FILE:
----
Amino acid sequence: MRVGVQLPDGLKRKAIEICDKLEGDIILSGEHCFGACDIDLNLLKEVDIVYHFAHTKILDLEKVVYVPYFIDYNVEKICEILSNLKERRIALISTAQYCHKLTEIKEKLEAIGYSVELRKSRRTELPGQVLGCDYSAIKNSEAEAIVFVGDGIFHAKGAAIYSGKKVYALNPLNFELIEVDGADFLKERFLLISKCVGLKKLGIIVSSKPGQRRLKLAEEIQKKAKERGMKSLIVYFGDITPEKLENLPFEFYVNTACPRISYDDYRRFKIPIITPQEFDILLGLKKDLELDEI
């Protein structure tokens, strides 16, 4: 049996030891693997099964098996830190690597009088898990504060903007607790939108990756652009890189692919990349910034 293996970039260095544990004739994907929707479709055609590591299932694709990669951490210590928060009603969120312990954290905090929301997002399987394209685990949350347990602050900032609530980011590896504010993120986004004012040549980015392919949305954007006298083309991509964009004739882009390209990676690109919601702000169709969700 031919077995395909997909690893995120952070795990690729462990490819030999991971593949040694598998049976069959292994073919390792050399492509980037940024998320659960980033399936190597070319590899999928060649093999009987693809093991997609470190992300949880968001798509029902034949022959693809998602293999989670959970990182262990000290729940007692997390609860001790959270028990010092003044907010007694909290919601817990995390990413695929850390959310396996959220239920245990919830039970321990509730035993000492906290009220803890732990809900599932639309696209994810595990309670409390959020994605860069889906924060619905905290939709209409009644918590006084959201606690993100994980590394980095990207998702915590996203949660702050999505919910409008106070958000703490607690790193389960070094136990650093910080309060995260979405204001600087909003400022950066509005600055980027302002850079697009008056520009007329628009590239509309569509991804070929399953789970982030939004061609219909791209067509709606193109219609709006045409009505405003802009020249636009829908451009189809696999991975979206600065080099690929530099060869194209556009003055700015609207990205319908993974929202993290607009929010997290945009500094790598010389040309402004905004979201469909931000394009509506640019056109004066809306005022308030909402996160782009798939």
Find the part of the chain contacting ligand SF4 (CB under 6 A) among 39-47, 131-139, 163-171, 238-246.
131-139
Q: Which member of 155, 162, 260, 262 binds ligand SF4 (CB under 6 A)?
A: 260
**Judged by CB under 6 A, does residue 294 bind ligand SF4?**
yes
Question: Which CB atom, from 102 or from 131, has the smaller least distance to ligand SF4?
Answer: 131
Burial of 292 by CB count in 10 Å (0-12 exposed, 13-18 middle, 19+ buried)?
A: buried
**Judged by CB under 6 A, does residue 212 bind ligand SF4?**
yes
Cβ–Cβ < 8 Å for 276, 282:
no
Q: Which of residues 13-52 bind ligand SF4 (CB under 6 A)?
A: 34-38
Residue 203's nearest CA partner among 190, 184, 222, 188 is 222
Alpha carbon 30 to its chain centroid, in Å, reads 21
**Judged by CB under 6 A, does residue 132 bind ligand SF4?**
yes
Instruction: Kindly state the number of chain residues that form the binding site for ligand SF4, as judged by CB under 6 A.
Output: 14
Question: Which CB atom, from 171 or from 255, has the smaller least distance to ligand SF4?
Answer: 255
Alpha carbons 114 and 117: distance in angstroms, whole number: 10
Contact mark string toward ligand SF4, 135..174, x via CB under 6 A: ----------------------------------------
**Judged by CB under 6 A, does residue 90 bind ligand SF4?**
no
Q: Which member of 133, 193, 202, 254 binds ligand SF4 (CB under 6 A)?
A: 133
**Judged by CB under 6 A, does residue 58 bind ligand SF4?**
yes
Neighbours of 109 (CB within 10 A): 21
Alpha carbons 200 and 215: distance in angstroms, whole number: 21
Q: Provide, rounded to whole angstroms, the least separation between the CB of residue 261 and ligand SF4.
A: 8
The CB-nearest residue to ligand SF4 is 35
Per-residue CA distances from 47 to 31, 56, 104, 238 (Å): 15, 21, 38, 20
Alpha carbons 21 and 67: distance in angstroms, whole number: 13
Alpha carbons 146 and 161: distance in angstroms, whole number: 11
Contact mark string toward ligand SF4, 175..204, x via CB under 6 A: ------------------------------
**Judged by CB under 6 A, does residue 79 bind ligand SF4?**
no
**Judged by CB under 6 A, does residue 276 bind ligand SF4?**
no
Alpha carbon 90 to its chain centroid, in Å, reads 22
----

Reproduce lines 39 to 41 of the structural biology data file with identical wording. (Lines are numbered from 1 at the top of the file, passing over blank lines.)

The CB-nearest residue to ligand SF4 is 35
Per-residue CA distances from 47 to 31, 56, 104, 238 (Å): 15, 21, 38, 20
Alpha carbons 21 and 67: distance in angstroms, whole number: 13